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160,000 Ounces of Prevention: WVU Tech Takes on Emergency Preparedness

With a water crisis impacting more than 300,000 people and a record-setting winter still fresh in the minds of Kanawha Valley residents, WVU Tech is taking steps to ensure students, faculty and staff have a back-up plan for emergency events.

The university’s Division of Student Life and Dining Services created a three-day emergency plan that includes a surplus of food and water to keep students fed and hydrated during an emergency situation.

To satisfy the three-day requirement, Dining Services purchased 5,000 ready-to-eat meals and more than 10,000 bottles of water.

WVU Tech soccer players pitch in to help Dining Services move 10,000 bottles of water.

The emergency meals, which have a shelf-life of 25 years, are of a higher quality than the military-style MREs most people are familiar with. Dining Services even conducted student taste tests to determine which products would go over well.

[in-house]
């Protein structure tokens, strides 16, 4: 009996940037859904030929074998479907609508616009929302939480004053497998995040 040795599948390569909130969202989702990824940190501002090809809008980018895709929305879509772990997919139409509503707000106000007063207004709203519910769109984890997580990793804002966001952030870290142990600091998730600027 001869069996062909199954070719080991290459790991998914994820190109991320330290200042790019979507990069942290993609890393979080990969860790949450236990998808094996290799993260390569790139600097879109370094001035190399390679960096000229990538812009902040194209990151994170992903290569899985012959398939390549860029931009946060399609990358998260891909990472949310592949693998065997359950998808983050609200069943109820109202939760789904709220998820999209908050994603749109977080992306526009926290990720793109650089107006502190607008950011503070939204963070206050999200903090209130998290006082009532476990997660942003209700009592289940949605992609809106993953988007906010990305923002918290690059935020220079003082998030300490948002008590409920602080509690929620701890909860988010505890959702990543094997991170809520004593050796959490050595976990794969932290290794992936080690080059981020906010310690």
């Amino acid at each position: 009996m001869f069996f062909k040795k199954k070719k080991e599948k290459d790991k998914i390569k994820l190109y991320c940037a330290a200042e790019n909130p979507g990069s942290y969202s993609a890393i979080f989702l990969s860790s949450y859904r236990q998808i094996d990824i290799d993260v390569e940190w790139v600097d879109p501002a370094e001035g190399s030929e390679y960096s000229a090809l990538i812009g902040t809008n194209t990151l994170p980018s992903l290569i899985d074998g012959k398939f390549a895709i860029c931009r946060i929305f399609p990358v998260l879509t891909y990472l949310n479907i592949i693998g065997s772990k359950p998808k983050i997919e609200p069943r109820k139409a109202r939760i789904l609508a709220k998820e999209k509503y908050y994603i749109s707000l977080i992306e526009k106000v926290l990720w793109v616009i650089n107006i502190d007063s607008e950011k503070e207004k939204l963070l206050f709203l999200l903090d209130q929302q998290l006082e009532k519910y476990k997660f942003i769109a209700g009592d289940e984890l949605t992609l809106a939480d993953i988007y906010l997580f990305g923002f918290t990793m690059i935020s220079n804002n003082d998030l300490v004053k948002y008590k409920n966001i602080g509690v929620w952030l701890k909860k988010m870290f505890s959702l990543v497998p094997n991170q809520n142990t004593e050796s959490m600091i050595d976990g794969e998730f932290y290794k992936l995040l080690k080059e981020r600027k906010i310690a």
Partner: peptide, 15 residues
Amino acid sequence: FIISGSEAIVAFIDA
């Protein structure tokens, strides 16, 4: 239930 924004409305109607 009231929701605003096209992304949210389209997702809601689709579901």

“It was important for us to find high-quality products that students would actually enjoy,” said David Templeton of Dining Services. “We looked for a product that was not only nutritional but also tasted good.”

The water has a shelf-life of two years and will be routinely rotated so that the stockpile remains fresh.

On Tuesday morning, nearly 30 WVU Tech men’s soccer players pitched in to help move the 10,000 bottles of water into secure storage.

“We’re in our first week of pre-season, so the extra workout fits right into our schedule,” said Shinya Turley, WVU Tech men’s soccer Associate Coach. “Dining Services does a lot for us. They stay late and get here early to keep us fed, so we’re here to help out with anything we can.”

Templeton said that working with students was a big help and that, with a plan in place, Dining Services staff can breathe a little easier about keeping the campus fed during an emergency.

“We put in the work and we’re certainly ready now,” he said. “The hope is that we’ll never need to use any of this.”

Check out more photos on the WVU Tech Flickr page.